We make to pass old ways onto new hands.
It amazes Karen that something so straight forward, like the simple process of making with natural materials can be so profoundly transformative. She finds that her head, heart and hands are brought into a particular relationship with one another when she makes.
First there is the gathering. We have a duty of care to the plants and animals that we make with. Gathering too much of anything disrupts and damages the ecosystem from which we’re harvesting (and that we love!). Being out and about, connecting with the place where those particular plants, trees and animals live inspires our creativity and the need to create.
You can’t rush making.
Karen has to become at one with the material she’s working with. It’s a gentle step by step process that helps her drop into a deeper, slower way of being. Only when she slows down can she begin to listen to what is moving within her and how she’s connected to all the life around. She becomes grounded and present. Karen finds the surface, heady busyness of life rests and a clearer perspective arises. While her hands are busy, her mind slows and her heart opens and she finds it easier to talk openly (both to herself and to others). Making helps her tend to herself, which is therefore a way of valuing herself, especially when something beautiful has been created.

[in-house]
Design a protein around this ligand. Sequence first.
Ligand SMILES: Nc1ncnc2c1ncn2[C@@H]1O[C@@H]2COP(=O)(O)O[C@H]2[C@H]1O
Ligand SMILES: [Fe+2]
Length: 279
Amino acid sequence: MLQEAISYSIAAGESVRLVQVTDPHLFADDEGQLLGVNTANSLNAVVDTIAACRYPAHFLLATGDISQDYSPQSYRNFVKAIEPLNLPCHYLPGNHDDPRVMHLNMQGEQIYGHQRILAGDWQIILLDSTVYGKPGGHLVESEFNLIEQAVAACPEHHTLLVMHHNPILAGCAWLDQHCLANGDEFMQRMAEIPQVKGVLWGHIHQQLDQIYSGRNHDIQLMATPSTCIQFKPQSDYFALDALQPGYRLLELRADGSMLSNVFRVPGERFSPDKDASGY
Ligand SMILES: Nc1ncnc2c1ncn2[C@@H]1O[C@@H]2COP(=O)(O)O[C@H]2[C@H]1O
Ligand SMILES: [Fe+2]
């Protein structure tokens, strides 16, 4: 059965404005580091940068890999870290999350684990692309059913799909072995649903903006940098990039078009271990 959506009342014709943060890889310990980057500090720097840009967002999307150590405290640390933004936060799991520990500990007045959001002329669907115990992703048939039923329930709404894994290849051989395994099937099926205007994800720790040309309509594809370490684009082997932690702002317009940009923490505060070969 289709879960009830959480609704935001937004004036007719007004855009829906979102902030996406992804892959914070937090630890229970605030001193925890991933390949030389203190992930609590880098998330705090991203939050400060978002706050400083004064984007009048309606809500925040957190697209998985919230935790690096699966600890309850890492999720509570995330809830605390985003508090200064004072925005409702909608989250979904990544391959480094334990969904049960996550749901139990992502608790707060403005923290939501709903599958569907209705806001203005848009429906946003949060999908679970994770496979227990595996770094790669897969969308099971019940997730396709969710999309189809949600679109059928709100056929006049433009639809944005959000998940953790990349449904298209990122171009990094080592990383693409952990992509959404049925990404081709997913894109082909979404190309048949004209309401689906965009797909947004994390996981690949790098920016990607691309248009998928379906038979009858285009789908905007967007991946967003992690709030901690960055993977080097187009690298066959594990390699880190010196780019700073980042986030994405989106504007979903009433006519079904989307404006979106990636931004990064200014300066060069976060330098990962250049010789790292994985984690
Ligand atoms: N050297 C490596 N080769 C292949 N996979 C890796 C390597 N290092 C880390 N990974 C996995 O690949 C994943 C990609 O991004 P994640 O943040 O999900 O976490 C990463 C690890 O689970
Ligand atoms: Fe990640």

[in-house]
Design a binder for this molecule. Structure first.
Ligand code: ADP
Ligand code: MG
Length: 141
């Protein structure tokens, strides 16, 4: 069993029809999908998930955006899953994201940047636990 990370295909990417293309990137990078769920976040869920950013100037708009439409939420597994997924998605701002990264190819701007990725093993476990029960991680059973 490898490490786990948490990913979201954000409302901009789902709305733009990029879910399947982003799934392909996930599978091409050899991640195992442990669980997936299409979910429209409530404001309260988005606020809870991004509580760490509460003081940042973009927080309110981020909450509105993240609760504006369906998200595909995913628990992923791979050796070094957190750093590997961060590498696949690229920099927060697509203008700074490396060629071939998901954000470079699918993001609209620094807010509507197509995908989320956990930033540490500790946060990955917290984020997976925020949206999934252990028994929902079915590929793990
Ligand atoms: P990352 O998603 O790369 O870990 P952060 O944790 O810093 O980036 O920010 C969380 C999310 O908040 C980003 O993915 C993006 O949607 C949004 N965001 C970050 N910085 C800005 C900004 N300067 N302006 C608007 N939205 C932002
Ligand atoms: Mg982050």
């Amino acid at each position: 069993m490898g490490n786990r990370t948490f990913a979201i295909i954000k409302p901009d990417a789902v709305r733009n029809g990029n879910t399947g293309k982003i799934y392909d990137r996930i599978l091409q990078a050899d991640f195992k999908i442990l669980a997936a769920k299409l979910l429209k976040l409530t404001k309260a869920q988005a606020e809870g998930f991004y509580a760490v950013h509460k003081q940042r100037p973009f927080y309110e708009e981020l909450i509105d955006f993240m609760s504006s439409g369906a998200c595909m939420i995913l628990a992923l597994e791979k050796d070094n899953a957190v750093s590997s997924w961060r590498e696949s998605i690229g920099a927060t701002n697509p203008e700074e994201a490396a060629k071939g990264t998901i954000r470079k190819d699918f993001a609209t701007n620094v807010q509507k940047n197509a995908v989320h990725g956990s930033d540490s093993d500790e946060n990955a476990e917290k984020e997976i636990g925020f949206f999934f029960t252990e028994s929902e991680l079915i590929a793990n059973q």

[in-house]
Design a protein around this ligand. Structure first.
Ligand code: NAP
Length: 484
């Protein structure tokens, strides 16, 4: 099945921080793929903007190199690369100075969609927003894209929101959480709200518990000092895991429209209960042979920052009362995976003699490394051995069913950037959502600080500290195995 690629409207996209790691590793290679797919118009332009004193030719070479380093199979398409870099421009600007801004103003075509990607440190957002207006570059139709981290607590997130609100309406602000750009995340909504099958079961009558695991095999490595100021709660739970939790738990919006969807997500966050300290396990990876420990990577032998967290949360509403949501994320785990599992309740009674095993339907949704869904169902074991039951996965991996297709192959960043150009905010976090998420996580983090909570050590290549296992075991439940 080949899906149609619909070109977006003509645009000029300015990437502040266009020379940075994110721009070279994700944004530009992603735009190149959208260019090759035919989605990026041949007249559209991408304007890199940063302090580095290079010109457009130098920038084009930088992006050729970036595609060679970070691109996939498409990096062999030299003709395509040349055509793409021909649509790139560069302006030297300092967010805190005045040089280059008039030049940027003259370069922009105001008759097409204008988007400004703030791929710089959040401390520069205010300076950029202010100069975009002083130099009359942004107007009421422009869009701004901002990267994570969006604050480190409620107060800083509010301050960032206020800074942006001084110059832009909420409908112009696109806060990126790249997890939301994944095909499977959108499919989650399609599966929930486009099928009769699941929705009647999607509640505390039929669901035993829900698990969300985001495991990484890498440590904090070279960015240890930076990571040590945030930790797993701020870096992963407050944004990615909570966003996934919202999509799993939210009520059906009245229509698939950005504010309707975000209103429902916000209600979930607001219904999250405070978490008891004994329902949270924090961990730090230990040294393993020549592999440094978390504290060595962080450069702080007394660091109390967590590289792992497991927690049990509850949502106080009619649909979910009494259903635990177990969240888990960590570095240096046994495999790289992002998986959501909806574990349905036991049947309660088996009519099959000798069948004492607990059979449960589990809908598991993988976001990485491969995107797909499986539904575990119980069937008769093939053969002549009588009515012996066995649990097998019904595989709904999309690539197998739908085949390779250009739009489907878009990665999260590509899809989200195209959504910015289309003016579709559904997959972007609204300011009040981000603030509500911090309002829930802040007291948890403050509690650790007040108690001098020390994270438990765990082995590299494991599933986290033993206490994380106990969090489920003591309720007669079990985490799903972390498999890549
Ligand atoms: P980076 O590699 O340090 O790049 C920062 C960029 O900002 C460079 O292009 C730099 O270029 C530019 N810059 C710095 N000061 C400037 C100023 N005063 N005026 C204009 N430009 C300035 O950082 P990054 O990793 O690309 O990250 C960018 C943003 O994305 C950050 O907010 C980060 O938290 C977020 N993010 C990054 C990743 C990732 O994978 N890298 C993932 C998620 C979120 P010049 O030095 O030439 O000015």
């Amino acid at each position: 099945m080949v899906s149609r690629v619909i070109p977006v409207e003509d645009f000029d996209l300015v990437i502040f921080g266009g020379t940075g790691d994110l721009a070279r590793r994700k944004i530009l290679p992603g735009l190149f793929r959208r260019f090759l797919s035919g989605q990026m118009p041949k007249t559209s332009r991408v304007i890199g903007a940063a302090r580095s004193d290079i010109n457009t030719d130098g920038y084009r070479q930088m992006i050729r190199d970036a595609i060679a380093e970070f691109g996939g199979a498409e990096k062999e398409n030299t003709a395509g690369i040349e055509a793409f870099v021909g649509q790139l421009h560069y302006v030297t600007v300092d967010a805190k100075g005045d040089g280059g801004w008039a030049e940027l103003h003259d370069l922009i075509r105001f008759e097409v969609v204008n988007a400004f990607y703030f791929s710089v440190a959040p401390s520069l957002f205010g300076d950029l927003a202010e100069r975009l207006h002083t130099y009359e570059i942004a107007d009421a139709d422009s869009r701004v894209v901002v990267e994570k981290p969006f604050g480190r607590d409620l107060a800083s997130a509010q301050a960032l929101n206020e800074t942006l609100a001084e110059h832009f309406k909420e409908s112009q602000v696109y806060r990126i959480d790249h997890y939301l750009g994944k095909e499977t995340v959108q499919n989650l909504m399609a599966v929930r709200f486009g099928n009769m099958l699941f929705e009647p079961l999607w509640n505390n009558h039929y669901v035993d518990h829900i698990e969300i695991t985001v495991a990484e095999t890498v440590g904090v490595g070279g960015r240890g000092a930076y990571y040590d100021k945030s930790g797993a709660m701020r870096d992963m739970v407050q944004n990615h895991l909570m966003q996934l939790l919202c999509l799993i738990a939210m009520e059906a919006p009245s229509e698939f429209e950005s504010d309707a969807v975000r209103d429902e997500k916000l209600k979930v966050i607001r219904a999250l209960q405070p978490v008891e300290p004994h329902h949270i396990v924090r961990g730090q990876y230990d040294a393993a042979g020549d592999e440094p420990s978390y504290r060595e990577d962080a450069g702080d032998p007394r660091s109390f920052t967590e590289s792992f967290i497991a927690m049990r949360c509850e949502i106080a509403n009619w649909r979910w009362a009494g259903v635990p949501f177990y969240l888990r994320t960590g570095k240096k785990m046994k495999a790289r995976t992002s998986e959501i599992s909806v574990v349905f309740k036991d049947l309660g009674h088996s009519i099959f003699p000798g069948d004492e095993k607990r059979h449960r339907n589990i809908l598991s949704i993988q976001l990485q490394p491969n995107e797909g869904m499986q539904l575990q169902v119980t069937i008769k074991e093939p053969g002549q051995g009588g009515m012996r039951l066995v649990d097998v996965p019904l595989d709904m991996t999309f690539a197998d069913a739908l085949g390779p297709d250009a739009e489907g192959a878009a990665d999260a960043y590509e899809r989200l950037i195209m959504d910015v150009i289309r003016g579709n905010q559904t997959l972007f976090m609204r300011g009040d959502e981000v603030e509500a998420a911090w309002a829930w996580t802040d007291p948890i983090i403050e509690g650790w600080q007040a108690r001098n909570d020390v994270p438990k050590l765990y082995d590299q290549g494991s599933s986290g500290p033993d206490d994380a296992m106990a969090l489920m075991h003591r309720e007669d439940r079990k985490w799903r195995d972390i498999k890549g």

Peace and tranquility come into play and before we know it hours have gone by. By the time Karen comes to the finishing stage of making something, she finds that any anxieties and troubles that she had at the beginning, have softened and often melted away altogether.
Making allows us to express what’s inside and Karen often finds that the final product will have a fair bit to do with how she was feeling and what was moving in her at the time of making.
She feels a deep satisfaction in making something beautiful and strong with her own hands, that she, or someone else will use every day. When we make we feel alive, resilient and empowered.